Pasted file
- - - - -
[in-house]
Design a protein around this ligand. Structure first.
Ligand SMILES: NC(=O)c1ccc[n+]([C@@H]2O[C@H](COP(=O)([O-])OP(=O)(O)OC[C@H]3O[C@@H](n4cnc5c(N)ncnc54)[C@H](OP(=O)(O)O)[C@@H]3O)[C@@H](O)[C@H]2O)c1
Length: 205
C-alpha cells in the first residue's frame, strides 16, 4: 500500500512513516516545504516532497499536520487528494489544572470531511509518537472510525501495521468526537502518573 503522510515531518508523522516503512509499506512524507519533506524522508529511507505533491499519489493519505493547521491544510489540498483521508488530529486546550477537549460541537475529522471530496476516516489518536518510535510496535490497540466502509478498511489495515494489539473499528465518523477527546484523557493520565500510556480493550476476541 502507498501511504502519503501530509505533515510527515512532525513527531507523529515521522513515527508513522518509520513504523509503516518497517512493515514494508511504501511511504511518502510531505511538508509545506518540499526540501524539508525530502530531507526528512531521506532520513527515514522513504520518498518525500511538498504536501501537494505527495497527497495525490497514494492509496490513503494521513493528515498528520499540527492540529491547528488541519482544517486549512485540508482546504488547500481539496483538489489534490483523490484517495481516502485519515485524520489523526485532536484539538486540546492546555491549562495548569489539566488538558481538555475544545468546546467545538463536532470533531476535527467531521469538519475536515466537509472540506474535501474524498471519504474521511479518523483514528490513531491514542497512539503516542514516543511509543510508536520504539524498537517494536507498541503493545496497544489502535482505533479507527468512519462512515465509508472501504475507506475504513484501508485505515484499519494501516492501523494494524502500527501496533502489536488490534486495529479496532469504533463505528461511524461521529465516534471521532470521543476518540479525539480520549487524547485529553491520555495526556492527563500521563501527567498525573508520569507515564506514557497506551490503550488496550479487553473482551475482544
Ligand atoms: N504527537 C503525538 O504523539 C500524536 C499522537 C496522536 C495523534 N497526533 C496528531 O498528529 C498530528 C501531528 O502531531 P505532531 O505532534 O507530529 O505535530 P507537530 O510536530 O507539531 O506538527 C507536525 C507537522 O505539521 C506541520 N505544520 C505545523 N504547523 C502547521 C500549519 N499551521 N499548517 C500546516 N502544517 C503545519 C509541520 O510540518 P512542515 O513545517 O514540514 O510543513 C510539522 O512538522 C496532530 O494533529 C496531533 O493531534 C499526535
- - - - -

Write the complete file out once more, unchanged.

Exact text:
[in-house]
Design a protein around this ligand. Structure first.
Ligand SMILES: NC(=O)c1ccc[n+]([C@@H]2O[C@H](COP(=O)([O-])OP(=O)(O)OC[C@H]3O[C@@H](n4cnc5c(N)ncnc54)[C@H](OP(=O)(O)O)[C@@H]3O)[C@@H](O)[C@H]2O)c1
Length: 205
C-alpha cells in the first residue's frame, strides 16, 4: 500500500512513516516545504516532497499536520487528494489544572470531511509518537472510525501495521468526537502518573 503522510515531518508523522516503512509499506512524507519533506524522508529511507505533491499519489493519505493547521491544510489540498483521508488530529486546550477537549460541537475529522471530496476516516489518536518510535510496535490497540466502509478498511489495515494489539473499528465518523477527546484523557493520565500510556480493550476476541 502507498501511504502519503501530509505533515510527515512532525513527531507523529515521522513515527508513522518509520513504523509503516518497517512493515514494508511504501511511504511518502510531505511538508509545506518540499526540501524539508525530502530531507526528512531521506532520513527515514522513504520518498518525500511538498504536501501537494505527495497527497495525490497514494492509496490513503494521513493528515498528520499540527492540529491547528488541519482544517486549512485540508482546504488547500481539496483538489489534490483523490484517495481516502485519515485524520489523526485532536484539538486540546492546555491549562495548569489539566488538558481538555475544545468546546467545538463536532470533531476535527467531521469538519475536515466537509472540506474535501474524498471519504474521511479518523483514528490513531491514542497512539503516542514516543511509543510508536520504539524498537517494536507498541503493545496497544489502535482505533479507527468512519462512515465509508472501504475507506475504513484501508485505515484499519494501516492501523494494524502500527501496533502489536488490534486495529479496532469504533463505528461511524461521529465516534471521532470521543476518540479525539480520549487524547485529553491520555495526556492527563500521563501527567498525573508520569507515564506514557497506551490503550488496550479487553473482551475482544
Ligand atoms: N504527537 C503525538 O504523539 C500524536 C499522537 C496522536 C495523534 N497526533 C496528531 O498528529 C498530528 C501531528 O502531531 P505532531 O505532534 O507530529 O505535530 P507537530 O510536530 O507539531 O506538527 C507536525 C507537522 O505539521 C506541520 N505544520 C505545523 N504547523 C502547521 C500549519 N499551521 N499548517 C500546516 N502544517 C503545519 C509541520 O510540518 P512542515 O513545517 O514540514 O510543513 C510539522 O512538522 C496532530 O494533529 C496531533 O493531534 C499526535